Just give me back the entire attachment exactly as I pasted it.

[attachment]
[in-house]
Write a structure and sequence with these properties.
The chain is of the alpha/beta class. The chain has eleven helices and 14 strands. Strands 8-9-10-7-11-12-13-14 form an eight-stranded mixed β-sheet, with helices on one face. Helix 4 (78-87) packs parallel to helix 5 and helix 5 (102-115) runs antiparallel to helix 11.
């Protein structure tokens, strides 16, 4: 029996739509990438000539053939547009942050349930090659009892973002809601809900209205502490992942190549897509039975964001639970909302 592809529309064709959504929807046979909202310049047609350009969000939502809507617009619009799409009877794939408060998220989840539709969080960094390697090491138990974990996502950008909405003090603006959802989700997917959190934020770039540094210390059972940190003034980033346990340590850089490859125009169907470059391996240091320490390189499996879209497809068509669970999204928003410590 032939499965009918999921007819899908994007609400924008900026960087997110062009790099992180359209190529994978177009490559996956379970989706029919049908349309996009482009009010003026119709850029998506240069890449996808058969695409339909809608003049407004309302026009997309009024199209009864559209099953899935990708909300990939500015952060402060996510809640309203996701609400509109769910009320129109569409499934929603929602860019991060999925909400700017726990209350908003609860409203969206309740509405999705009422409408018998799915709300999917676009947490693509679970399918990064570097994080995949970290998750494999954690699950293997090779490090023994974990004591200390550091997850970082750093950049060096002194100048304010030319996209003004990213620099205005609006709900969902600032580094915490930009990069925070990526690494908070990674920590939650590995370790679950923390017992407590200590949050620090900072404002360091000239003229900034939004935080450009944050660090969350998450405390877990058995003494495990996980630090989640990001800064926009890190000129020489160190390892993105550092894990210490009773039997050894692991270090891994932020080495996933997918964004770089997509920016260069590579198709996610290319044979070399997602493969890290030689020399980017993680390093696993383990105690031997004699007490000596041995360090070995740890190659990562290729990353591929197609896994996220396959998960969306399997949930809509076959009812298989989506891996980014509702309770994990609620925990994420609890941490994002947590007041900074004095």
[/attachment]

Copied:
[in-house]
Write a structure and sequence with these properties.
The chain is of the alpha/beta class. The chain has eleven helices and 14 strands. Strands 8-9-10-7-11-12-13-14 form an eight-stranded mixed β-sheet, with helices on one face. Helix 4 (78-87) packs parallel to helix 5 and helix 5 (102-115) runs antiparallel to helix 11.
């Protein structure tokens, strides 16, 4: 029996739509990438000539053939547009942050349930090659009892973002809601809900209205502490992942190549897509039975964001639970909302 592809529309064709959504929807046979909202310049047609350009969000939502809507617009619009799409009877794939408060998220989840539709969080960094390697090491138990974990996502950008909405003090603006959802989700997917959190934020770039540094210390059972940190003034980033346990340590850089490859125009169907470059391996240091320490390189499996879209497809068509669970999204928003410590 032939499965009918999921007819899908994007609400924008900026960087997110062009790099992180359209190529994978177009490559996956379970989706029919049908349309996009482009009010003026119709850029998506240069890449996808058969695409339909809608003049407004309302026009997309009024199209009864559209099953899935990708909300990939500015952060402060996510809640309203996701609400509109769910009320129109569409499934929603929602860019991060999925909400700017726990209350908003609860409203969206309740509405999705009422409408018998799915709300999917676009947490693509679970399918990064570097994080995949970290998750494999954690699950293997090779490090023994974990004591200390550091997850970082750093950049060096002194100048304010030319996209003004990213620099205005609006709900969902600032580094915490930009990069925070990526690494908070990674920590939650590995370790679950923390017992407590200590949050620090900072404002360091000239003229900034939004935080450009944050660090969350998450405390877990058995003494495990996980630090989640990001800064926009890190000129020489160190390892993105550092894990210490009773039997050894692991270090891994932020080495996933997918964004770089997509920016260069590579198709996610290319044979070399997602493969890290030689020399980017993680390093696993383990105690031997004699007490000596041995360090070995740890190659990562290729990353591929197609896994996220396959998960969306399997949930809509076959009812298989989506891996980014509702309770994990609620925990994420609890941490994002947590007041900074004095």